He looked over at Vick, sputtering, attempting to put words together. The thing was a monster. He had been a doubter, of that he would not deny, but the beast spoke for itself.
"Are we gonna, ah, you know..." he mumbled.
The roguish captain gave a tobacco-stained grin. Vick attempted to give off the vibe of a dashing sea hero, certain to have the ladies weak at the knees at the sight of what he certainly thought was a Harrison Ford-esqu lopsided grin, but Tim just wasn't seeing it.
"Need a bigger boat?" Vick said. "No. I think we're safe."
Sandy was far from amused as she stormed down the side of the boat, following the fin as it swam into the distance before disappearing under the water. Her curly brownish blond hair was pulled back into a loose ponytail that dangled against the bare part of her back exposed by the light grey tank top she wore. Her normally amused features were marred by a frown and her small hand curled into a fist and slammed down causing pieces of the old chipped yellow paint of the railing to flutter into the breeze.
"That's it?" she asked.
Tim pointed at the surface of the water where the fin had slipped under.
"That's it?!" he exclaimed. "That's a monster!"
"That's not half the size of what we're looking for," she said.
"You mean one of those Magalawhatchits is twice the size of that?"
If Tim had been on board with the idea of finding one of these prehistoric creatures to begin with, he would have been suffering severe second thoughts now. He had seen Jaws, and what just breached the surface right in his face was surely bigger than that exaggerated beast.
"Megalodon," Sandy corrected. "And yes."
"Then maybe we don't want to find one," Tim said.
Sandy's frown slowly melted back into a slight smile as she considered her partner in crime.
"Lucky for you, we don't have to worry about it anymore. We're heading back," she said.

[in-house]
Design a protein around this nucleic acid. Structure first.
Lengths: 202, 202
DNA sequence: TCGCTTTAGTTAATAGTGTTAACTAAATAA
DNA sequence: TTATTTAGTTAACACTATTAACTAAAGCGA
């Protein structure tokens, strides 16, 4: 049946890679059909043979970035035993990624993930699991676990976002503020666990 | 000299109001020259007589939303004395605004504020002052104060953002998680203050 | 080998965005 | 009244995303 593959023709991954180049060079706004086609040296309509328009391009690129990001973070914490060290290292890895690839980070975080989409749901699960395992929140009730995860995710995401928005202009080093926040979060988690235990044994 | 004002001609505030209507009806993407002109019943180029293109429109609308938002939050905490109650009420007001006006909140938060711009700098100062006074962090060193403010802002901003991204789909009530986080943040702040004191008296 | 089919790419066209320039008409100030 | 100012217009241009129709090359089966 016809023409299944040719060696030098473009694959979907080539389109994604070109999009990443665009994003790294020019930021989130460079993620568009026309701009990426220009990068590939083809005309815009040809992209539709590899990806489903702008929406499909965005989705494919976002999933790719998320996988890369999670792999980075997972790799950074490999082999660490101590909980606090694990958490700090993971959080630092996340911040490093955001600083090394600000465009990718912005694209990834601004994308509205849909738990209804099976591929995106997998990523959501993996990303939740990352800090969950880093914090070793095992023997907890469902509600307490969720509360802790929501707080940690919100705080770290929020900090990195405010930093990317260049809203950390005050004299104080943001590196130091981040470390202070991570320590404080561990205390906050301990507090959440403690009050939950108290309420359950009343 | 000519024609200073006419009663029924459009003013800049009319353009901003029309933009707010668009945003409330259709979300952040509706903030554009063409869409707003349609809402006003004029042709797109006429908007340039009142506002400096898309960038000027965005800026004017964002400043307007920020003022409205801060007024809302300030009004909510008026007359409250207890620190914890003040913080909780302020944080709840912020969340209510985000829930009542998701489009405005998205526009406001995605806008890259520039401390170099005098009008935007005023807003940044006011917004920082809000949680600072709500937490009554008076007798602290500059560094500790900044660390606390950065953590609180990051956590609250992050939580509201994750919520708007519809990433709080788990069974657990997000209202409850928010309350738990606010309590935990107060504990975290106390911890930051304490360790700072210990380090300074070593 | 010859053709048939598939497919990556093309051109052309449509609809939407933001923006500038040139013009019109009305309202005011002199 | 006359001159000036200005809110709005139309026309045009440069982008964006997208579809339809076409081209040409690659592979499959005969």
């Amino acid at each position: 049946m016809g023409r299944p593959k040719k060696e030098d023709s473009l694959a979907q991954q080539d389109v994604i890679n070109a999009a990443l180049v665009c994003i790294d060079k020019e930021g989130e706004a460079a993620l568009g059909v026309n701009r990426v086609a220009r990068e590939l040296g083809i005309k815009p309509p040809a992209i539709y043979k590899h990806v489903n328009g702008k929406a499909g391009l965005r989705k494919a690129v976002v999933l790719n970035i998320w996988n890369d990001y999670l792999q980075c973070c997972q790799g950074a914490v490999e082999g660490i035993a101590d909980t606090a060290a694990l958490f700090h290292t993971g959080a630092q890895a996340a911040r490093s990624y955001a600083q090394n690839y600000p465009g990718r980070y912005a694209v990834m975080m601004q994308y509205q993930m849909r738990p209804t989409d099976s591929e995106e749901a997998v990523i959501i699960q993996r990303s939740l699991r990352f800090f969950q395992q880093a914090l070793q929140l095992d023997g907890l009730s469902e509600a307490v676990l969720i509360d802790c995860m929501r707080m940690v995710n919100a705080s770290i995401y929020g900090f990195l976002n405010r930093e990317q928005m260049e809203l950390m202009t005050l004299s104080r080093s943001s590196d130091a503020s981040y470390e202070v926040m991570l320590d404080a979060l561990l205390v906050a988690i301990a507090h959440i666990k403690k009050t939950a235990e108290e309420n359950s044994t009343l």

Tim slumped back into his chair, daring the beginnings of a smile.
"Any particular reason? Other than the giant shark is inexplicably too small?" he asked.
"Just got off the horn with the chief. He got a small lead out of Alaska. Strange stuff going on," Sandy said.
"Stranger that this prehistoric shark, the Marmalade…"
"Megalodon," she countered sharply.
Tim tried to keep his smile from getting widening. One of the secret joys of his job was to drive Sandy a little crazy by showing how little seriousness he showed her passions. He hadn't gone too far. Yet.
"Whatever," he said.
"It's just as well. This one is much better," she said, her mood starting to brighten just talking about it.
"And bigger," she said.
"Joy of joys," Tim could feel himself deflating as words kept pouring from her mouth. "Dare I even ask…"
"The abominable snowman," she said.
It was impressive, Tim thought, the way that Sandy had of uttering a completely ridiculous phrase like that without the slightest bit of irony, imbued with the solemn weight of the Vatican announcing the name of a new Pope.
"'Scuse me?" he managed.
"Yeti," she said.
"I'd ask if you were kidding, but I know better by now."
"We're on a plane as soon as we get back to shore," she said.
Tim glanced up at the sun that he had previously found too brutal. What a ridiculous notion, he thought. The sun is beautiful. The sun is life.
"Alaska, huh?" he asked.
"Don't tell me you're not wanting to go," she said.
"I've recently realized that I enjoy spending my winters out in the sun. It's nice. Alaska's cold," he said.
"We'll get you a jacket," she said.
"You're such a sweetheart," he said.
To be continued…